And there were so many other grand flights and other experiences we shared. Being invited to the telluride airman's festival to be featured speakers and show photos of our grand canyon flight, hiking mountains together (sometimes with others, too), working on gliders together, having dinner together, just sitting around and talking together. When conditions were not conducive to good flying several of us pilots would often go hike the local area mountains. Just after one of his shoulder surgeries, when he needed to completely clear all traces of anesthesia from his lungs, Hans and Meng came up to Colorado, where Janis and I have a cabin. Hans and i hiked about 12 miles together, to about 12,000 feet, and really cleared those lungs out. Physically, Hans was certainly no slouch, even when injured and recuperating.

We also shared some of the worst of times. One spring day we got into some violent air turbulence above the Estrella Mountains on a cross-country flight, and Hans' hang glider broke up. He came down under parachute, and I was able to land, gather his parachute, and prevent him from being dragged across the desert by the 30+ mph winds. We realized our own mortality that day, and it was a very quiet trip back to town.

At the Aubrey cliffs, northwest of Seligman, on a day we knew we had a 300-mile flight just waiting for us, Hans somehow neglected to hook his harness into his hang glider. It was just Hans, Meng, a young grandson, and I there. Hans crashed violently into a road below launch, but we were able to use the 2-meter ham radio in the van to summon help, which arrived very fast, and he survived. However, it was injuries sustained from this impact that curtailed Hans' involvement in hang gliding, thus funneling him into the sport of flying sailplanes.

We both evolved from hang gliding to soaring, but from there our paths moved apart a tad. A new, equally competitive pilot, came into Hans' life, Tony smolder. Those two would build a bond, much as we had. Hans, being the more competitive of the two of us, continued on with flying competition (very successfully), along with Tony, and I just flew for the fun of it. He won state championships and the regional championship flying very fast, and I was satisfied to just stay high and fly far. We did, however, dearly enjoy flying together, enjoying the magic of flight.

I would like to share a couple of these later times with you. A couple years ago Hans flew his asw-19 glider to Durango on the 4th of July. I had been hiking in the mountains that day and couldn't help but notice the incredible soaring conditions. I just had to get home to call Hans and let him know how good things looked. When we got back to the cabin, my son announced "Hans called. He's at the airport and needs a ride". Once again, Hans was ahead of me. I raced to town, picked him up, and we got back to the lake just in time to watch a spectacular fireworks display. Meng, driving the van with the glider trailer, arrived about 1am. The next day we all hiked, rested, shared dinner, and enjoyed our friendship. And then, on the 6th it was time for Hans and Meng to head back. I went up with a friend, Jim McCann, who owns a motor glider, to "bird dog" for Hans, looking for thermals. It took a few minutes, but Hans did find the good thermals, and headed off towards Arizona. As his glider was only a standard class glider, and he left the area a little late, he had to land at flagstaff, still quite an accomplishment. Once again, Meng was there with the trusty van and trailer to pick him and his glider up.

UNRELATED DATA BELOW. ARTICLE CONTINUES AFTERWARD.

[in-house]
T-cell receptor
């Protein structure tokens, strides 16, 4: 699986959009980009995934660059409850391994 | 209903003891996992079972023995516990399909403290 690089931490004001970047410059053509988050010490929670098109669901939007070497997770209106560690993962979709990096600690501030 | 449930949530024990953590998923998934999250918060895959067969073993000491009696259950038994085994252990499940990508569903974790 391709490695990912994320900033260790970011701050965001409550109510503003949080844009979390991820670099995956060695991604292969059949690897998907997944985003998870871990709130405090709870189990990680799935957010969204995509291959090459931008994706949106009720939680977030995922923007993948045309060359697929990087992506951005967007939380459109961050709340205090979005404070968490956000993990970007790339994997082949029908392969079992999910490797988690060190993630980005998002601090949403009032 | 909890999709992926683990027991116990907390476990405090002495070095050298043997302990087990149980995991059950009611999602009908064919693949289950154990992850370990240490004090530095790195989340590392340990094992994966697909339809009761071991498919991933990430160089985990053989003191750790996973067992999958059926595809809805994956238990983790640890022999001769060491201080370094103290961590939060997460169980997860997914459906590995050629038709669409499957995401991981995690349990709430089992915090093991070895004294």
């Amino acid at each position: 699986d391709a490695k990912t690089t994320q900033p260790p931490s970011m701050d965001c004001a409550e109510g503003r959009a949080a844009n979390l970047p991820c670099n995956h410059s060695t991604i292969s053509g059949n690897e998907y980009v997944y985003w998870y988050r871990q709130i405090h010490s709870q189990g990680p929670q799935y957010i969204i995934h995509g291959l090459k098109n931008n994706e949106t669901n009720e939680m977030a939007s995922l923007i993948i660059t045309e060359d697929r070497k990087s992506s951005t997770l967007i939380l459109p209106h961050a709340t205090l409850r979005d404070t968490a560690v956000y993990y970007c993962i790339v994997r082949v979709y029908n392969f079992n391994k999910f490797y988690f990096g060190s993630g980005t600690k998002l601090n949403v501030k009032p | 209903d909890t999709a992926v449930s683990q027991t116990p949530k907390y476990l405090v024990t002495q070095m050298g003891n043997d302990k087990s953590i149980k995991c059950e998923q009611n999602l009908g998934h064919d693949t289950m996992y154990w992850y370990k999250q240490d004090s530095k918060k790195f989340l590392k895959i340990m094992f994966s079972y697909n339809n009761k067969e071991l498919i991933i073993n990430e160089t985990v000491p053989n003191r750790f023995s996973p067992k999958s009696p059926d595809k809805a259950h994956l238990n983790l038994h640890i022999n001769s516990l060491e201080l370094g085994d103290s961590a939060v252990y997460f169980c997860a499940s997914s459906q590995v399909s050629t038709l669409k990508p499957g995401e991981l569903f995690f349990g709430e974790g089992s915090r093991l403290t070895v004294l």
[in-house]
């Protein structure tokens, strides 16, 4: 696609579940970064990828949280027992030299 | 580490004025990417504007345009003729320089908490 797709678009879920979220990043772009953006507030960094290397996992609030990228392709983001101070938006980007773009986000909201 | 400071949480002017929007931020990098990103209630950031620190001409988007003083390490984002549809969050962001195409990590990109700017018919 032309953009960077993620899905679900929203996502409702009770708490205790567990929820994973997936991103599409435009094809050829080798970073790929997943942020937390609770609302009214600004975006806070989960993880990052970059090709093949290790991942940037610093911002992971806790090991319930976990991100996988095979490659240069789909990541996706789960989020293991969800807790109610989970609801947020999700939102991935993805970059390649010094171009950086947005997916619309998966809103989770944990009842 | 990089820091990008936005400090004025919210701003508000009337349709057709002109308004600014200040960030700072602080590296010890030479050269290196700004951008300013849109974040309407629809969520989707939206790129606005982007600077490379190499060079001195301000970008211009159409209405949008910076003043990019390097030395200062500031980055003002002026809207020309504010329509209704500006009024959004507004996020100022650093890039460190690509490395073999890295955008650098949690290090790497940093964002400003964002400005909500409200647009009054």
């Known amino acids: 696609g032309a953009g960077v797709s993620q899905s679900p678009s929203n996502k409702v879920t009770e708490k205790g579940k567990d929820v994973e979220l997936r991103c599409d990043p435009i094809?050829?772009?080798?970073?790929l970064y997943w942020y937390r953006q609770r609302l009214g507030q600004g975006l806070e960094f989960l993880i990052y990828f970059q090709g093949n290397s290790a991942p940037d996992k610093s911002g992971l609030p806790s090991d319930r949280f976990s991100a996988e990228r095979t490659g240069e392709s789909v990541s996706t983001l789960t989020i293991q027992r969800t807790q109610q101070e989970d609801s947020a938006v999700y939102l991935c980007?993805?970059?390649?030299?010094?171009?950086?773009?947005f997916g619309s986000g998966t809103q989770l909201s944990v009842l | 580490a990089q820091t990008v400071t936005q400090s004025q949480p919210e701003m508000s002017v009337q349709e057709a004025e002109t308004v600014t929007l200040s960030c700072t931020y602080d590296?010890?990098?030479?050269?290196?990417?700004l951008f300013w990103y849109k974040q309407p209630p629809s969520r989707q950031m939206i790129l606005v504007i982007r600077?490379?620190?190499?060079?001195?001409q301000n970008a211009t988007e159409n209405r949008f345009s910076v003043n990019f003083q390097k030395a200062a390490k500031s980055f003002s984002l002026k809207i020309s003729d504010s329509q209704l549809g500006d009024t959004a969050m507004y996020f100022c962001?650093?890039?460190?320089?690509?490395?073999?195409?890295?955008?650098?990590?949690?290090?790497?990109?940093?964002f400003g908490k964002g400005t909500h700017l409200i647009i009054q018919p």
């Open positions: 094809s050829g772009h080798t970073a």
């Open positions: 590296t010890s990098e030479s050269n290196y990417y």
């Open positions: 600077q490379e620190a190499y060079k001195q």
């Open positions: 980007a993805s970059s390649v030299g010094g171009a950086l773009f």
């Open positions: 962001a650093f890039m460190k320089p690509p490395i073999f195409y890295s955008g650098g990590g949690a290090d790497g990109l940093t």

This year, I called Hans after I had experienced several particularly good high altitude flights in Colorado, explaining that the conditions were probably superb for another flight from phoenix to Durango. Well, sure 'nuff, a few days later, just as i was preparing to lose altitude and head in for a landing, after 5 hours of flight in my Ventus, i hear on the radio "one nine? 6 kilo" . Hans, in his Ventus, was over Chinle, Arizona at 17,900 feet, heading my way. I immediately changed my plan? to staying aloft. Two hours later Hans had run one thermal short and landed about 20 miles south of Durango in a large field. I got his gps coordinates, landed, and drove down to get him with my trailer. Afterward, we enjoyed a late dinner together, and called it a night. The next day we both took off from Val Air Glider Port each in our own Ventus and enjoyed about an hour and a half of air time together. Even though we had gotten plenty high, this time Hans waited for conditions to improve farther along the intended flight path before heading out. I flew with him past Mesa Verde, and then headed back to Durango, as i was tired from the previous day's long flight. Hans made it all the way back to phoenix this time, relying on his well honed experience and some better luck with thermals! A flight he was so very proud of. Little did I know my last comments to Hans that day, as he headed southwest, slowly disappearing into the distant haze, would be so prophetic: "have a great flight home! Adios senor".